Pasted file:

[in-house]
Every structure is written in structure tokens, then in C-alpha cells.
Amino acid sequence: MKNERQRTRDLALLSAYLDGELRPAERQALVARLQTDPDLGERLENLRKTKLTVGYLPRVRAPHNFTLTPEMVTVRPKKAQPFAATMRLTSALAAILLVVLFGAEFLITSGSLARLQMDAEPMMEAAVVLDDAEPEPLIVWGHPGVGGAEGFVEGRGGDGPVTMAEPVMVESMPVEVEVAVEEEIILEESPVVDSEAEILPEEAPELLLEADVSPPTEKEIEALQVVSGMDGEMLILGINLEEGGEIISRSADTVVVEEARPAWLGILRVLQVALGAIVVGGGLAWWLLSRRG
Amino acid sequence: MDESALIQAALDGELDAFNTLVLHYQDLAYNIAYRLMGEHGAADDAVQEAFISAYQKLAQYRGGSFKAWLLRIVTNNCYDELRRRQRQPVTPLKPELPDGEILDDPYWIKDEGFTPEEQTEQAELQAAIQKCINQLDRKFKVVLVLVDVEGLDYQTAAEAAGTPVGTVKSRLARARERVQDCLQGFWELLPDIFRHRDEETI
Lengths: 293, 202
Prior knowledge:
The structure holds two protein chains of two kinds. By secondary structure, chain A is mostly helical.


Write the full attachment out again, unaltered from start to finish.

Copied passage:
[in-house]
Every structure is written in structure tokens, then in C-alpha cells.
Amino acid sequence: MKNERQRTRDLALLSAYLDGELRPAERQALVARLQTDPDLGERLENLRKTKLTVGYLPRVRAPHNFTLTPEMVTVRPKKAQPFAATMRLTSALAAILLVVLFGAEFLITSGSLARLQMDAEPMMEAAVVLDDAEPEPLIVWGHPGVGGAEGFVEGRGGDGPVTMAEPVMVESMPVEVEVAVEEEIILEESPVVDSEAEILPEEAPELLLEADVSPPTEKEIEALQVVSGMDGEMLILGINLEEGGEIISRSADTVVVEEARPAWLGILRVLQVALGAIVVGGGLAWWLLSRRG
Amino acid sequence: MDESALIQAALDGELDAFNTLVLHYQDLAYNIAYRLMGEHGAADDAVQEAFISAYQKLAQYRGGSFKAWLLRIVTNNCYDELRRRQRQPVTPLKPELPDGEILDDPYWIKDEGFTPEEQTEQAELQAAIQKCINQLDRKFKVVLVLVDVEGLDYQTAAEAAGTPVGTVKSRLARARERVQDCLQGFWELLPDIFRHRDEETI
Lengths: 293, 202
Prior knowledge:
The structure holds two protein chains of two kinds. By secondary structure, chain A is mostly helical.